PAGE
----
20 Nakajima M, Satomura H, Takahashi M, Muroi H, Kuwano H, Kato H. Effectiveness of sternocleidomastoid flap repair for cervical anastomotic leakage after esophageal reconstruction. Dig Surg. 2014;31:306-11.

21 Morita M, Ikeda K, Sugiyama M, Saeki H, Egashira A, Yoshinaga K, et al. Repair using the pectoralis major muscle flap for anastomotic leakage after esophageal reconstruction via the subcutaneous route. Surgery. 2010;147:212-8.

22 Hirao M, Yoshitatsu S, Tsujinaka T, Nishiyama A, Fujitani K, Nakamori S, et al. Pectoralis myocutaneous flap with T-tube drainage for cervical anastomotic leakage after salvage operation. Esophagus. 2006;3:33-6.

23 Williams JK, Wood RJ, Hawes A, Mansour KA. The use of the pectoralis myocutaneous flap for repair of a retrosternal esophagocolonic anastomotic leak. Plast Reconstr Surg. 1998;101:802-5.
-2424 Heitmiller RF, McQuone SJ, Eisele DW. The utility of the pectoralis myocutaneous flap in the management of select cervical esophageal anastomotic complications. J Thorac Cardiovasc Surg. 1998;115:1250-4. The patient involved, types of flaps used, and treatment outcome are summarized in Table 2. Although almost all patients involved in the studies had a satisfactory treatment outcome with regard to anastomotic fistula or stricture, there are only 20 cases reported across these 6 studies. We believe that this is possibly due to the lack of communications between thoracic surgeons and head and neck surgeons.

Table 2
Summary of reports on management of patients with refractory fistula using vascularized pedicle flaps.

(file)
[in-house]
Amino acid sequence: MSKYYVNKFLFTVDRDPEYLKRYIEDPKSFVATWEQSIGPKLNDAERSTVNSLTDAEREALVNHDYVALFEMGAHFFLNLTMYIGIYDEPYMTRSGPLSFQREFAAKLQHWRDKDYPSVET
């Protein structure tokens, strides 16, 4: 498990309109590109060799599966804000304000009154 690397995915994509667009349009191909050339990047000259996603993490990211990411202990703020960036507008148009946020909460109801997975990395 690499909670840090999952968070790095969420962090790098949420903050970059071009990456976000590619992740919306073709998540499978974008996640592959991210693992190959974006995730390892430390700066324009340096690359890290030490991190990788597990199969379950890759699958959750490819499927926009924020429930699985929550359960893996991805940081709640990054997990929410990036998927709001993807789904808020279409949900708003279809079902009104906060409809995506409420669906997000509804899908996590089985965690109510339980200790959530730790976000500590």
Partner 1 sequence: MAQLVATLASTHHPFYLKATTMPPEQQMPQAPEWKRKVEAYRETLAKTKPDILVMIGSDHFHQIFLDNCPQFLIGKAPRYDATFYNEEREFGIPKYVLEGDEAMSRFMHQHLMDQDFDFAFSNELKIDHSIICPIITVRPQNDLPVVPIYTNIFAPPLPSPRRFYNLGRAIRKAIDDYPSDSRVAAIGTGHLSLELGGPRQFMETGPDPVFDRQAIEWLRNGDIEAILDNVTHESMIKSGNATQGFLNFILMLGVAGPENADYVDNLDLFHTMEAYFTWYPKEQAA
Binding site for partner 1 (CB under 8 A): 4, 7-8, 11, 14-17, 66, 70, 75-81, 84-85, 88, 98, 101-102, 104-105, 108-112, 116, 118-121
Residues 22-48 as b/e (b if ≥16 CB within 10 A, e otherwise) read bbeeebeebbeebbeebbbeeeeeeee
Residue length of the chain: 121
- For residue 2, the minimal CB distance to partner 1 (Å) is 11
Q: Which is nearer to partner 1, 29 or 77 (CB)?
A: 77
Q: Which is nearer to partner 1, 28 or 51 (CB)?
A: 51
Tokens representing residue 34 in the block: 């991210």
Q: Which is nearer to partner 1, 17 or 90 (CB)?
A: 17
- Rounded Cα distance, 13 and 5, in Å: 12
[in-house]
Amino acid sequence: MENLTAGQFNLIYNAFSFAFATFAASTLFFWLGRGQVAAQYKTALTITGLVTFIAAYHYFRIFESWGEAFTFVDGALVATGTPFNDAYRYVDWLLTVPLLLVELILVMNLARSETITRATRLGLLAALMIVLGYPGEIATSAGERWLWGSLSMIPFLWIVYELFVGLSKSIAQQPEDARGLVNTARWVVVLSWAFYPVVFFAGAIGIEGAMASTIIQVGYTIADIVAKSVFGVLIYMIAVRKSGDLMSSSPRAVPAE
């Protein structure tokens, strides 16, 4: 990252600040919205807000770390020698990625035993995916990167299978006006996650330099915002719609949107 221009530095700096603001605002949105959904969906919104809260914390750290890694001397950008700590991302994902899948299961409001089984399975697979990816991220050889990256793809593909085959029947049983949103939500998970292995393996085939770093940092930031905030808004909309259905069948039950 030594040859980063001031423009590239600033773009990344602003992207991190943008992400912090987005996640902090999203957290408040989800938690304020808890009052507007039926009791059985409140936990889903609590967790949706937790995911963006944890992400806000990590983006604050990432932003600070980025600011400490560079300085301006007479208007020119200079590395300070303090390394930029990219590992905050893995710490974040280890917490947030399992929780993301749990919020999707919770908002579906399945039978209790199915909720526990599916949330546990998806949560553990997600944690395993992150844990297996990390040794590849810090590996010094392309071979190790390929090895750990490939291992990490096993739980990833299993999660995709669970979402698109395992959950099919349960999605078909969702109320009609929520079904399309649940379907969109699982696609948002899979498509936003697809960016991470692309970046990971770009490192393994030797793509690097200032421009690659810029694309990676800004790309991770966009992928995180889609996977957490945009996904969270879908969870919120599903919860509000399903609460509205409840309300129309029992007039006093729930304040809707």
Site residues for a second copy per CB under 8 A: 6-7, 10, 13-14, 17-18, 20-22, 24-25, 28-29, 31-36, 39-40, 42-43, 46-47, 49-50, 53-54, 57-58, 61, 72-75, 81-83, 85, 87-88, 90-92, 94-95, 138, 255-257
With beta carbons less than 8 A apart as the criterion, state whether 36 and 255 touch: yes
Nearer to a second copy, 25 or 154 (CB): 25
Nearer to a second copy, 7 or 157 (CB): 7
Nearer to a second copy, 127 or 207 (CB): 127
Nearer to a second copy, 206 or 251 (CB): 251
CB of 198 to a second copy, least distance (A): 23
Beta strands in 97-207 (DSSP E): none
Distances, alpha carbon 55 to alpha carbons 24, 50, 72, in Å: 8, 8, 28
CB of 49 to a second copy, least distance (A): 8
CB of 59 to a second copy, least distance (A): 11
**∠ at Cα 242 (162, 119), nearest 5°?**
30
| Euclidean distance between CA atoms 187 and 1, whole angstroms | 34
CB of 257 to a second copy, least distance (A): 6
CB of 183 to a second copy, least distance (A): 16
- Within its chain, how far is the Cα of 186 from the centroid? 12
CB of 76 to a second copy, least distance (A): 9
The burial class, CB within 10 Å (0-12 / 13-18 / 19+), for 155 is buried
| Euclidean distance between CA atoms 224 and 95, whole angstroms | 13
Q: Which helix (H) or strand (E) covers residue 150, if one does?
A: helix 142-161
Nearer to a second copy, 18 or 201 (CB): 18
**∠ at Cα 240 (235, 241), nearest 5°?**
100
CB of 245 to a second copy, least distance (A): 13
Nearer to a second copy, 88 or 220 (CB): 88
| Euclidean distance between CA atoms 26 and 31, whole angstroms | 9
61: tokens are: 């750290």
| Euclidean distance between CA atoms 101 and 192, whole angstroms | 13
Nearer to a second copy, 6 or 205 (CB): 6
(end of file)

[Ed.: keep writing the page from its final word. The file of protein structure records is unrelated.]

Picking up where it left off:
Since its introduction by Ariyan in 1979, the PMF has been used as a workhorse flap for the reconstruction of the head and neck defects because of its ease of harvest, abundant soft tissue volume, large skin paddle, generous blood supply, relative versatility, considerable reliability, and short operating time.3131 Patel K, Lyu DJ, Kademani D. Pectoralis major myocutaneous flap. Oral Maxillofac Surg Clin North Am. 2014;26:421-6.,3232 Ariyan S. Further experiences with the pectoralis major myocutaneous flap for the immediate repair of defects from excisions of head and neck cancers. Plast Reconstr Surg. 1979;64:605-12. Even in the era of free flap reconstructions, its role in reconstructive surgery is still irreplaceable.2525 Liu M, Liu W, Yang X, Guo H, Peng H. Pectoralis major myocutaneous flap for head and neck defects in the era of free flaps: harvesting technique and indications. Sci Rep. 2017;7:46256-64.,3131 Patel K, Lyu DJ, Kademani D. Pectoralis major myocutaneous flap. Oral Maxillofac Surg Clin North Am. 2014;26:421-6.,3333 Teo KG, Rozen WM, Acosta R. The pectoralis major myocutaneous flap. J Reconstr Microsurg. 2013;29:449-56.,3434 Liu HL, Chan JY, Wei WI. The changing role of pectoralis major flap in head and neck reconstruction. Eur Arch Otorhinolaryngol. 2010;267:1759-63. In addition to primary head and neck reconstruction and thoracic wall defect reconstruction, the PMF also plays a valuable role in salvage surgeries, e.g. salvage reconstruction after free flap failure and management of the hypopharyngeal fistulas.2525 Liu M, Liu W, Yang X, Guo H, Peng H. Pectoralis major myocutaneous flap for head and neck defects in the era of free flaps: harvesting technique and indications. Sci Rep. 2017;7:46256-64.,3535 Guimaraes AV, Aires FT, Dedivitis RA, Kulcsar MA, Ramos DM, Cernea CR, et al. Efficacy of pectoralis major muscle flap for pharyngocutaneous fistula prevention in salvage total laryngectomy: a systematic review. Head Neck. 2016;38 Suppl. 1:E2317-21.